Letter to Deo

Letter to Deo

Dear Team:

Yesterday the day was so crisp, cold and beautiful. One of those rare winter days when the sun comes out and everything seems to simply shimmer and glow. The San Fransisco skyline seemed to miraculously levitate. Today the rain has returned with a vengence. I have consulted with all my spiritual advisors and it's clear it's time to start delegating more authority.

Joanna has volunteered to organize the logistical aspects of the seminar in Poland whenever it happens. But now the actual schedule of events needs to be thought about. What is going to be discussed? My work? Translation theory? The history of literature? Cultural theory? All four? What will really attract the attention of the European media? Who would like to start thinking about this challenge?

Here is an old letter Deo wrote to me about the problems of translation itself. Another one follows in the next e-mail.

Also when the big money is available is there anybody who would like to parcel it out to everyone? Cecile, are you interested in this job? You've handled big amounts of monety before. Marilena, would you be interested in creating a web-link to the Harvest site in regards to the translation project? I can send you photos and text. Yes, it's time to delegate authority....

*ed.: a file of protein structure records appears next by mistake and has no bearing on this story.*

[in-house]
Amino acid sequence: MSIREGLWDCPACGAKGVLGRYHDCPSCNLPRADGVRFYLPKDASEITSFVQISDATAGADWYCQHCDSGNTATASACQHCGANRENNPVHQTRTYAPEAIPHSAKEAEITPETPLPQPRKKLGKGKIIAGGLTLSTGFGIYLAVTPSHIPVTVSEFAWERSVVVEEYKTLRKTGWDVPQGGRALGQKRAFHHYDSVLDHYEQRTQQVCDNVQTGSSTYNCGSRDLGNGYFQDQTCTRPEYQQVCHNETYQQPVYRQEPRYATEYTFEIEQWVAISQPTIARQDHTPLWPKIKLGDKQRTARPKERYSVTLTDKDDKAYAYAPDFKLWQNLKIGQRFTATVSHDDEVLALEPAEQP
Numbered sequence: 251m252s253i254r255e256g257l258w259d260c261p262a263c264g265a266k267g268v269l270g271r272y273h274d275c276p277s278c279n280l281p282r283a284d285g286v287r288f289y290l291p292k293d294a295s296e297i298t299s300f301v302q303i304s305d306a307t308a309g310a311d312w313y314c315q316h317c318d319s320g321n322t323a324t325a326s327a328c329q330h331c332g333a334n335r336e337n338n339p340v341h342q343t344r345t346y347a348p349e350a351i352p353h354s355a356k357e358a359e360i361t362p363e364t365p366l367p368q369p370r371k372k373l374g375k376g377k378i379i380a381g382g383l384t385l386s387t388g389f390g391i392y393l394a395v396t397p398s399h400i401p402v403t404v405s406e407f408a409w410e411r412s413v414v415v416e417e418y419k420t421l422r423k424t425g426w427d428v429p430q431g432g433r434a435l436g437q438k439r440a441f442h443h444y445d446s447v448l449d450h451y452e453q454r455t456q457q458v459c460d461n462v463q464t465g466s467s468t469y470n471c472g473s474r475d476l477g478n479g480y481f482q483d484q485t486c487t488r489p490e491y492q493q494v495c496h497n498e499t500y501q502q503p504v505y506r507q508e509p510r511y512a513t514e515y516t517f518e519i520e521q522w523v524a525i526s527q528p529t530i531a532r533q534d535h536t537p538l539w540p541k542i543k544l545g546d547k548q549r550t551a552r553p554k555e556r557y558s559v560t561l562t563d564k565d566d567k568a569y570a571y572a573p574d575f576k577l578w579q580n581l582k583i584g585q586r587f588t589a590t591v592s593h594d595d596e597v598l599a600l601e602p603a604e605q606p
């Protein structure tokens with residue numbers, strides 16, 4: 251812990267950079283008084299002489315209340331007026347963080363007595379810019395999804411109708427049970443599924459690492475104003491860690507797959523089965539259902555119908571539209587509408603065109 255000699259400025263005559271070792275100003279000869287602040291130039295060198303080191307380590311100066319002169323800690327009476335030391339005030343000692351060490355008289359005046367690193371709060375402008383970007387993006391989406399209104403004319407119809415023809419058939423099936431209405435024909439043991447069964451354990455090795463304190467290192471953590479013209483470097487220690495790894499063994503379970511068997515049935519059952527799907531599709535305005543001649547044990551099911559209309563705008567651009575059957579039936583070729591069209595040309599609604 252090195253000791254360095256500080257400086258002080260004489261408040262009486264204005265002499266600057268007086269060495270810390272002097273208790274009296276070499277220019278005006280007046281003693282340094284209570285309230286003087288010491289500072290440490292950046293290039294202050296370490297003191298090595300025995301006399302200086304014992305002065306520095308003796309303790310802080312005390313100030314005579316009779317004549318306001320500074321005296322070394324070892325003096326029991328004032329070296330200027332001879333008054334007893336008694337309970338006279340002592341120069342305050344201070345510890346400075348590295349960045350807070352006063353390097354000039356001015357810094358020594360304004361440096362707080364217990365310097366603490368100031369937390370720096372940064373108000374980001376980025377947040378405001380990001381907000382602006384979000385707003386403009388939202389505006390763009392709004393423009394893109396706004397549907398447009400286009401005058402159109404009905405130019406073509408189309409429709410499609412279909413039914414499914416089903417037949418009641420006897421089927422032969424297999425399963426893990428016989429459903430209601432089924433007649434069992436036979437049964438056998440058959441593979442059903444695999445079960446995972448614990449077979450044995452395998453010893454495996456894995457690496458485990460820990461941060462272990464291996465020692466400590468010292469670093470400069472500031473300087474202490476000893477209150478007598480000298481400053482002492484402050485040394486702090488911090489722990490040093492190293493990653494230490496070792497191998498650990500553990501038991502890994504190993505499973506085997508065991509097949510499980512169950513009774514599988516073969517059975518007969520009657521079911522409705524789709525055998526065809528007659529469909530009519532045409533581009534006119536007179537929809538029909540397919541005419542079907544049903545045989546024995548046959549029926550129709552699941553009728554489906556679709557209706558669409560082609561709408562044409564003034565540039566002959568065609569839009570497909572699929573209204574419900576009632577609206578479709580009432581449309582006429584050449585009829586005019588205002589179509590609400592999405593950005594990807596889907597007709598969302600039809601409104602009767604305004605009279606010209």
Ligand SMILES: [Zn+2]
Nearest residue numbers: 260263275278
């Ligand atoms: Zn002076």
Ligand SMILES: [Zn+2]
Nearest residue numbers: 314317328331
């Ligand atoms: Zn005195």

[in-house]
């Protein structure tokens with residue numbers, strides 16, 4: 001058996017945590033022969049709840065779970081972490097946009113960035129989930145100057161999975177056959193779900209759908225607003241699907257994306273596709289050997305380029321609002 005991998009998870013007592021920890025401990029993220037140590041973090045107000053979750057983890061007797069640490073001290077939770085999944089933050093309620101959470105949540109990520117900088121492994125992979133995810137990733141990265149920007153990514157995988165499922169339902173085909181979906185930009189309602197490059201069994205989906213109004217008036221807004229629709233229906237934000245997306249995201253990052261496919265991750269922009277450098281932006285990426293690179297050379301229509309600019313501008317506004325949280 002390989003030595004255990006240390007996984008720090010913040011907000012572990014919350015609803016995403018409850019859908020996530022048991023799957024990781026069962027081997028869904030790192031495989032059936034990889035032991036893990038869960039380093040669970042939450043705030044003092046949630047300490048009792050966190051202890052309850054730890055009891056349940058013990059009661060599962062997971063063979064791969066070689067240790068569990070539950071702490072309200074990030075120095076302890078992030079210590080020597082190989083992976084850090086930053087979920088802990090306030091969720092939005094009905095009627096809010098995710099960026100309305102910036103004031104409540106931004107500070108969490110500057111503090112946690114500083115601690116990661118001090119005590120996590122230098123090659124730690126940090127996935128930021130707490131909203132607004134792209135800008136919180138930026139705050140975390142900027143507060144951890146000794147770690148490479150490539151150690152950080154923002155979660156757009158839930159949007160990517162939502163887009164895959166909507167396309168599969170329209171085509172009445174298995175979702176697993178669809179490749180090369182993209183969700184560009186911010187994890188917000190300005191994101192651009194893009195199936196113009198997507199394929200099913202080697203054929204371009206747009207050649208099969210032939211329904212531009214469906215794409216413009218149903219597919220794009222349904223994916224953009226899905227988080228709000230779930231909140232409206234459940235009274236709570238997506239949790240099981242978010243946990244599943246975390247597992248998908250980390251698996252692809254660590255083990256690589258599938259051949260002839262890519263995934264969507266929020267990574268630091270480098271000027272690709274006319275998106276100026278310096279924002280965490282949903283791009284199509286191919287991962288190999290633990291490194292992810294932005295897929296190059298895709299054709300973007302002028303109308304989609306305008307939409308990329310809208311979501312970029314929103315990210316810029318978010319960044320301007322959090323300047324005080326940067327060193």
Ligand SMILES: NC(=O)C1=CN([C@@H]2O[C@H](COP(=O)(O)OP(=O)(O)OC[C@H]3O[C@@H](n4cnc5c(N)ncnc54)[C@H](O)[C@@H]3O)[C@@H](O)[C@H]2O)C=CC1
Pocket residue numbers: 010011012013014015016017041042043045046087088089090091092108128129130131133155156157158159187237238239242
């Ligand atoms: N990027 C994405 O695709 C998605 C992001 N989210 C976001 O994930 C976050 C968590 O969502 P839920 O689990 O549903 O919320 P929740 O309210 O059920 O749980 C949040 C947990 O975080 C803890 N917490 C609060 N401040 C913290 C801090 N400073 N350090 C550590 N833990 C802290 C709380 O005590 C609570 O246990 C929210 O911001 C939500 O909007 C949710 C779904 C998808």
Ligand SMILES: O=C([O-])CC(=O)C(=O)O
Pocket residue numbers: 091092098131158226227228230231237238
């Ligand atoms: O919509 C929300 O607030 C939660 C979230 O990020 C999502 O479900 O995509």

With luck Forty Immutable Parables will be published early next year. Then I can rest from paperback production. Even though there are plans for Harvest one, two, and four in the works. The same cover, but in different colors.

Anyway, here's Deo.


Hi Michael,

Don't stress. My views of translation are fairly close to yours. It is more important to me to capture feelings and convey those than a literal translation. However, there are always risks with any translation. The translator is after all a reader, and thus he will bring his own cultural baggage to his reading and thus to his translation. None of the translations will "really" be your work. They will be your work through the filter of the translator you pick and his interpretation of your thoughts in the target language. The main problem with Juan's translation is that now there are two filters, and that takes it a little further from you than one filter. There are definately three areas that stray a little too far from the English, and that change the meaning of the text, but I am sure that those can be fixed. Really all you need is a good editor.

As far as the Portuguese I said all I could say. Neither is perfect, but I would not start all over. Again I would have the final work edited. Actually, no matter how good and famous a translator is, if he/she is a real pro, they will always have their work edited, if nothing else for objectivety. Additionally, it is important to maintain open and close communication with your translators. Help them FEEL the text as you felt them, only that way can they transmit your feelings. If you and I could discover the secrets of translation we would became famous. Many have tried and I am not certain any one has fully acomplished it.

Once again, good luck


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